There’s little evidence to support their use for common digestive distress like heartburn.
Image: © Julia_Kuleshova/Getty Images
Digestive enzyme supplements promise to fix everything from bloating and flatulence to heartburn and gut health. The supplements are so popular that global sales are expected to reach $1.6 billion by 2025, according to recent marketing research. But don’t be too quick to reach for them. “Some of them are clearly beneficial, in certain situations. But enzyme supplements also are often used in situations where there is little evidence that they do any good,” says Dr. Kyle Staller, a gastroenterologist at Harvard-affiliated Massachusetts General Hospital.
What are digestive enzymes?
Naturally occurring digestive enzymes help break down food so we can soak up nutrients. Your mouth, stomach, and small intestine make some digestive enzymes. However, the majority come from your pancreas, which floods the small intestine (when food arrives there) with enzymes such as
lipase, which breaks down fats
amylase, which breaks down carbohydrates
proteases and peptidases, which break down proteins.
Once nutrients are broken into small enough molecules, they are absorbed through the wall of the small intestine into the blood and then delivered throughout the body.
Sometimes the body doesn’t make enough digestive enzymes. This can slow the digestion process and lead to uncomfortable symptoms. For example, if you don’t make enough of the enzyme lactase, you’ll have a hard time digesting lactose — the sugar in milk and milk-based products. “If you don’t have lactase, the undigested lactose goes to the colon, which leads to more fluid entering the colon and more gas produced by bacteria in the colon. That creates bloating, flatulence, and diarrhea,” explains Dr. Staller.
Various health conditions can lead to low levels of digestive enzymes. Examples include cystic fibrosis, chronic pancreatitis (inflammation of the pancreas), and pancreatic cancer.
Replenishing enzyme levels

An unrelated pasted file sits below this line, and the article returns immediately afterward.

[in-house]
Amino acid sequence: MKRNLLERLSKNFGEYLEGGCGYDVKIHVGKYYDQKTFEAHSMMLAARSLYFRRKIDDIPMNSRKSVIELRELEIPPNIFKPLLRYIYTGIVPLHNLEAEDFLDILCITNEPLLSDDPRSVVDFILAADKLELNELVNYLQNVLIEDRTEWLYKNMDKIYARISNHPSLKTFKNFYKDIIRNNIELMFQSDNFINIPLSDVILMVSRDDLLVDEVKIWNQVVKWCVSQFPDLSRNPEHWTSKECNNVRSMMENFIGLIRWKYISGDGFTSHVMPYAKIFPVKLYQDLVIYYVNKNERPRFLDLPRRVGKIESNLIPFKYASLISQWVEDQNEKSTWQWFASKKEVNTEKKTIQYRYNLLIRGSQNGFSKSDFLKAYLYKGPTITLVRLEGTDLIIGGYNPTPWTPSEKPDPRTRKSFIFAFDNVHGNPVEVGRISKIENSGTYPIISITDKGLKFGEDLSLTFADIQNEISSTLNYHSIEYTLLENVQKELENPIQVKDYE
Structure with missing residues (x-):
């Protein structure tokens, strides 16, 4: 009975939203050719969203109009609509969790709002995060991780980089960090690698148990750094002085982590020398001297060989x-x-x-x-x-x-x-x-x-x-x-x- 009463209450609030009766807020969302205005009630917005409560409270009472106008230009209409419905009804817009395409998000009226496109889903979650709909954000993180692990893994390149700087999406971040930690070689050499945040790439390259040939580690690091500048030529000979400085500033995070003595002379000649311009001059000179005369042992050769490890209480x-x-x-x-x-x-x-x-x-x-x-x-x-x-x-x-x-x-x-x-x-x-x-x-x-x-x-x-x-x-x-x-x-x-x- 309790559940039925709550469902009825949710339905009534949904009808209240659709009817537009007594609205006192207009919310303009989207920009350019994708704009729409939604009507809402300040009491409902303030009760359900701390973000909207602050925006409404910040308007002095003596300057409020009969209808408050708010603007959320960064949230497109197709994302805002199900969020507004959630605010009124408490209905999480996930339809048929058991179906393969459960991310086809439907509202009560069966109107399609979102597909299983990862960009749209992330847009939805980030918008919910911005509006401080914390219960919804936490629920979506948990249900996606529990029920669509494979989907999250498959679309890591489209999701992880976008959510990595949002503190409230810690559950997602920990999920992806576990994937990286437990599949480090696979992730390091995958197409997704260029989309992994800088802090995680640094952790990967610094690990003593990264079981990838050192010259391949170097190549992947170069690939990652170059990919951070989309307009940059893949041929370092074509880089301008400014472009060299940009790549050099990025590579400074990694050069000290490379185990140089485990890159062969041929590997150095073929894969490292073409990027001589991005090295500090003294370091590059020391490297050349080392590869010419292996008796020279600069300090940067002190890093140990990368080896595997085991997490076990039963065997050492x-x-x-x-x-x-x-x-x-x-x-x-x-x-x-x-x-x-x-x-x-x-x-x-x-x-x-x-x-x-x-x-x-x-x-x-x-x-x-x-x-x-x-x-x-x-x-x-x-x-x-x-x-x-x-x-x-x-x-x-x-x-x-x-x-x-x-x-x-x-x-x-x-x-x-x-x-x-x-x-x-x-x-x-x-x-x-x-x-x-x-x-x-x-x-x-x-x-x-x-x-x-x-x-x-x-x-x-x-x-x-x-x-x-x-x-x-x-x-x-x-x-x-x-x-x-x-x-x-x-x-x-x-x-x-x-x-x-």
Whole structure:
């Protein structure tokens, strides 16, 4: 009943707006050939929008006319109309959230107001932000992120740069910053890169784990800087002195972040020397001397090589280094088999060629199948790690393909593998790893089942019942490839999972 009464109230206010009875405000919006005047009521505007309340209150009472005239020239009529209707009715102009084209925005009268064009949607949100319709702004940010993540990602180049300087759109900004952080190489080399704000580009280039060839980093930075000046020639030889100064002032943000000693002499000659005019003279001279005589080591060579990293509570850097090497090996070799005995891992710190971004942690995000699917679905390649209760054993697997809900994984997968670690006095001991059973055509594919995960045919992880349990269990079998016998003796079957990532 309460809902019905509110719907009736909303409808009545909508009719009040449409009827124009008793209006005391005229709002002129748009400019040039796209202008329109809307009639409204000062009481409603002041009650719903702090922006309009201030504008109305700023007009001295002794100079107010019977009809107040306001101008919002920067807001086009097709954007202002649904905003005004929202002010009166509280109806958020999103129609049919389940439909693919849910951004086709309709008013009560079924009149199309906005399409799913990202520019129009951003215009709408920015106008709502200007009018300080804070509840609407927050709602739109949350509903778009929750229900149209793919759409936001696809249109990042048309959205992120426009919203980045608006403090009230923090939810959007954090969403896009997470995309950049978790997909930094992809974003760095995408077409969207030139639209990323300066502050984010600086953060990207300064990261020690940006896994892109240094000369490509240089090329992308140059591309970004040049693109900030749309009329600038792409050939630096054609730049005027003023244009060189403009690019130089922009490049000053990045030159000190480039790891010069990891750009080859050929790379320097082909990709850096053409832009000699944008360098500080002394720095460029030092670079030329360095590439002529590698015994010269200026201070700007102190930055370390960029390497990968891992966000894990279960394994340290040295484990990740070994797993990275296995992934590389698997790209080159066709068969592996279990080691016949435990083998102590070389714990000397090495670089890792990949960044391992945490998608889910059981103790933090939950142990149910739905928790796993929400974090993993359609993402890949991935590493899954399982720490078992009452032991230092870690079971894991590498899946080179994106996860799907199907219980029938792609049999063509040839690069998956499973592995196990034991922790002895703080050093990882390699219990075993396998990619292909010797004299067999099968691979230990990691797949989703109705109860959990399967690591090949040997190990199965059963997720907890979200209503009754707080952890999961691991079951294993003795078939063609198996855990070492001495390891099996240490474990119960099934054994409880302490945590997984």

Digestive enzyme replacement comes from two sources: prescription enzyme medications and over-the-counter supplements. Prescription enzymes (Creon, Zenpep, and others) contain pancrelipase, a mixture of the digestive enzymes amylase, lipase, and protease, and has a special coating on the pill so it will survive stomach acid and make it to the small intestine. These enzymes are typically made from the pancreases of pigs, and are regulated and approved by the FDA.
Over-the-counter digestive enzyme supplements — available in health food stores and drugstores and on the Internet—are not medications. The FDA does not regulate them. Therefore, you can’t be sure what the pills are really made of or the exact amounts of enzymes they may contain. “It’s buyer beware,” warns Dr. Staller.
The enzymes may come from animal pancreases (pigs, cows, or lambs) or from plants. Common plant sources are fruit, molds, yeasts, and fungi. Examples include bromelain, derived from pineapples; papain, derived from papayas; and lactase, obtained from purified yeasts or fungi.
When to use them
For people who can’t make enough digestive enzymes because of a health condition such as chronic pancreatitis or cystic fibrosis, doctors prescribe enzyme pills to substitute for the lack of natural enzyme production. “People with known deficiencies clearly get a benefit” from the drugs, says Dr. Staller.
Taking a nonprescription lactase supplement (such as Lactaid or Lactrase) can help people manage lactose intolerance, and taking an alpha-galactosidase supplement (such as Beano or Bean Relief) may reduce gas and bloating if you have a hard time digesting the sugars in beans.
But for other common gut problems, like heartburn or irritable bowel syndrome, there is little evidence that digestive enzymes are helpful.
What you should do
Tests can measure the levels of some pancreatic enzymes in the blood, but these are used only to diagnose pancreatitis, not for a measurement of digestive function. Tests claiming to identify all enzyme deficiencies you may have aren’t accurate, notes Dr. Staller. But what if everything you’ve tried for digestion issues hasn’t worked, and you’d like to try a digestive enzyme? Would it hurt? “In most cases, these are unlikely to be harmful. But I don’t recommend spending a lot of money on them. And don’t take them if you see signs of bleeding or a change in stool color. Report that to your doctor,” says Dr. Staller.
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